Dear Gentle Reader,
My blog did so well the other day it crashed for about 36 hours. It’s like good and bad all rolled into one. I stayed cool, though, (until 10 pm–sorry Audra). I kept telling myself this is an opportunity for change. I’ve been wanting to make changes to my website and this is presenting me with a gentle tickle (at 11 pm it was a brick wall). I’ve been talking about changes and then, not changing. Talking the talk, not doing the walk. Then the excuse part came in. I don’t know HOW to make the changes, I don’t have TIME to make the changes, I don’t want to ask for help to make the changes.
I love self-sabotage. Not the actual act of it but that I now I have a name for it. It’s so good. It’s freeing. You know how you set yourself up for failure and then when you “fail” you totally beat yourself up. For example, yes, you will totally run that 10k race even though it is the morning after New Year’s EVE and you are the one throwing the party for 500 people at your house and you just had open toe surgery on your foot 3 weeks ago and the race is in Alaska. And then you pretty much get carried away in a stretcher at the 1k mark while you curse yourself for being unathletic, out of shape, a total loser…etc… Or, my favorite, you take your two small boys to Target, the dry cleaners, Costco, the Post Office, and a store made entirely out of crystalglassextrabreakableexpensive things that look like toys but aren’t, and they haven’t had lunch or a nap and it’s like, Black Friday and Christmas Eve at the same time and everyone and everything—goes—very—wrong, and then you say, I’m just not patient enough, or not a good enough mom, etc… I mean maybe you are thinking I would never do something that extreme but really? Isn’t it the same as being completely unrealistic about our limitations and then when it doesn’t work out we blame ourselves? Now I have a name for it–self-sabotage. And by having a name for it makes me feel like I’m not the only person who messes up and I can stop myself and say there is a difference between aiming high and just being DUMB.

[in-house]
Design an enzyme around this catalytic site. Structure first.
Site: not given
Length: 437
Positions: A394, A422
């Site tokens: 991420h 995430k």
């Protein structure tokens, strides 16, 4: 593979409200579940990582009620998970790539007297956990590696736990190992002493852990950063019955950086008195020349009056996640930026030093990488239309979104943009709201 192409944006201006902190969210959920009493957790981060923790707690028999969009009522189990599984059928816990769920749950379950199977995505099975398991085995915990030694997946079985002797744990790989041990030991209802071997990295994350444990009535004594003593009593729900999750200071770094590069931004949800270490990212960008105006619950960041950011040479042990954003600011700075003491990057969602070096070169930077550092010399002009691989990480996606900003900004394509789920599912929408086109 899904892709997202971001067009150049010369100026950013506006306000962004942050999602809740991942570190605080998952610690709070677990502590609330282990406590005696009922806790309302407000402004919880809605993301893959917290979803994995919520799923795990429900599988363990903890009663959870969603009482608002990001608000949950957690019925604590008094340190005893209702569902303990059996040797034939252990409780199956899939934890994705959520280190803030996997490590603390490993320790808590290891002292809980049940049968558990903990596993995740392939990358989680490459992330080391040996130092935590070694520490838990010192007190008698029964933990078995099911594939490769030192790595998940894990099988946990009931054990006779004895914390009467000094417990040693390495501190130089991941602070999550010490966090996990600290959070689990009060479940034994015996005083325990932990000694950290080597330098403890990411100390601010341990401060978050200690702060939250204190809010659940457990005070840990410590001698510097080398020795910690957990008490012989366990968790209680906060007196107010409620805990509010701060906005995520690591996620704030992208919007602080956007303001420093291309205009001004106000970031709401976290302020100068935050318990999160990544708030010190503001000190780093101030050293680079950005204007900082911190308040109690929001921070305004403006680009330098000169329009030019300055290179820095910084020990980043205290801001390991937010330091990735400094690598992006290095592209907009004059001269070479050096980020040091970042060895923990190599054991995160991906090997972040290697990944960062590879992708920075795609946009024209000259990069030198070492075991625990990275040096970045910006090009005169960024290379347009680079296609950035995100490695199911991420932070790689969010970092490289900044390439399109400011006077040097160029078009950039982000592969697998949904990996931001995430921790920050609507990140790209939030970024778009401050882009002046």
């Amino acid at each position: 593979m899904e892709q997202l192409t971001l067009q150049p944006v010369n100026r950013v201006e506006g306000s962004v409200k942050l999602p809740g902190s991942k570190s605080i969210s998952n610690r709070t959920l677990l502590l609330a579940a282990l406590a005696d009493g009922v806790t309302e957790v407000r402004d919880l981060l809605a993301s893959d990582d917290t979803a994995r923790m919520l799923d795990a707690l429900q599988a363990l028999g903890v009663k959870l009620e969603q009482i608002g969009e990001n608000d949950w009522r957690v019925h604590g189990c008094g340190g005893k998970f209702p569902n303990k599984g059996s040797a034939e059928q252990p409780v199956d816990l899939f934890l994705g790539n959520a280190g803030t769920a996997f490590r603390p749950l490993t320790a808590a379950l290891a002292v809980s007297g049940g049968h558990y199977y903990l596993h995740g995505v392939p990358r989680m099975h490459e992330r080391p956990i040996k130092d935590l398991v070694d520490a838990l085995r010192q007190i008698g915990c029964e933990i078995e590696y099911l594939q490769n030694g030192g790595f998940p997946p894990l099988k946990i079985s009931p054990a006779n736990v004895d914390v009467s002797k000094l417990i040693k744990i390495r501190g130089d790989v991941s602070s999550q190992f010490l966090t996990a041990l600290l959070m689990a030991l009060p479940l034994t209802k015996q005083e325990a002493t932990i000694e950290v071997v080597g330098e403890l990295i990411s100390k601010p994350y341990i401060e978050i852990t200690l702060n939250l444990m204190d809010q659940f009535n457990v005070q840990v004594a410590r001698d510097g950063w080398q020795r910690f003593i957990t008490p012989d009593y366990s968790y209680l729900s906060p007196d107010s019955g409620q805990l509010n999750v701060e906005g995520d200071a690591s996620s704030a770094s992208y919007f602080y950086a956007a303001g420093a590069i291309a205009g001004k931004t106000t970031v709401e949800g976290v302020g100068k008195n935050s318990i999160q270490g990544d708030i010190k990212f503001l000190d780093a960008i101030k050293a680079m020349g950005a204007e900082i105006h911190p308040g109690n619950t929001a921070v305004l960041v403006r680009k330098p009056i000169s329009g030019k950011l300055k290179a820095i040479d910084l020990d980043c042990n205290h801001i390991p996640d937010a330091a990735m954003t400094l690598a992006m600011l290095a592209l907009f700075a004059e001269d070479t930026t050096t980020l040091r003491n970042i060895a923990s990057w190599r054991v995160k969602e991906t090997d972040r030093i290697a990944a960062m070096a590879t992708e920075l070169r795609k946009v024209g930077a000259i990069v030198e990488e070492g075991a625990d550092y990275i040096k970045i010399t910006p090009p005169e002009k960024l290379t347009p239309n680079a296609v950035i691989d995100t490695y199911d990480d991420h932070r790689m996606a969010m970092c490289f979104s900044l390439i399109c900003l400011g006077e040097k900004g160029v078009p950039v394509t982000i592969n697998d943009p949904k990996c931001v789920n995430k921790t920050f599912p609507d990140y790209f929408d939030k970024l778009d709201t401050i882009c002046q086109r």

Another way we, meaning me, self-sabotage ourselves (myself) is to not ask for help. Help is so weak. Help is so passé. Ha.
So last night at 10:30, after the brick wall, I turned on my iPad and opened my iBooks. I’m in the middle of reading Carry On, Warrior by Glennon Doyle Melton and in iBooks when you open the app it opens directly to the page you left off. So imagine my surprise when it opened to an entirely different book that happens to be a devotional that I am not reading, haven’t opened, and was just staring at a few minutes ago THINKING I should open it. I swear this is all true. And imagine my surprise when I start reading the page it opened to and it says, ASK FOR HELP. “All you need to do is ask for help…when the path before you looks easy and straightforward, you may be tempted to go it alone instead of relying on God. This is when you are in the greatest danger of stumbling.” It did NOT feel like a coincidence. So I went to bed and I asked for help. When I got up my site was back up.
I know it is not always easy like this. In fact, I said to myself, “SELF it is not always easy like this”.
Ten minutes later I opened my iPad and it automatically went to iBooks. Remember it opens to the exact place you left off–which in this case was the devotional from random October 3rd–and it opens to March 10th, NOT WHERE I LEFT OFF, and it says “This sounds easy but it requires a deep level of trust, based on the knowledge that God’s way is perfect.”
The devotional is Jesus Calling by Sarah Young. I’m just going to carry around the pocket version around with me now in lieu of the whole self-sabotage issue.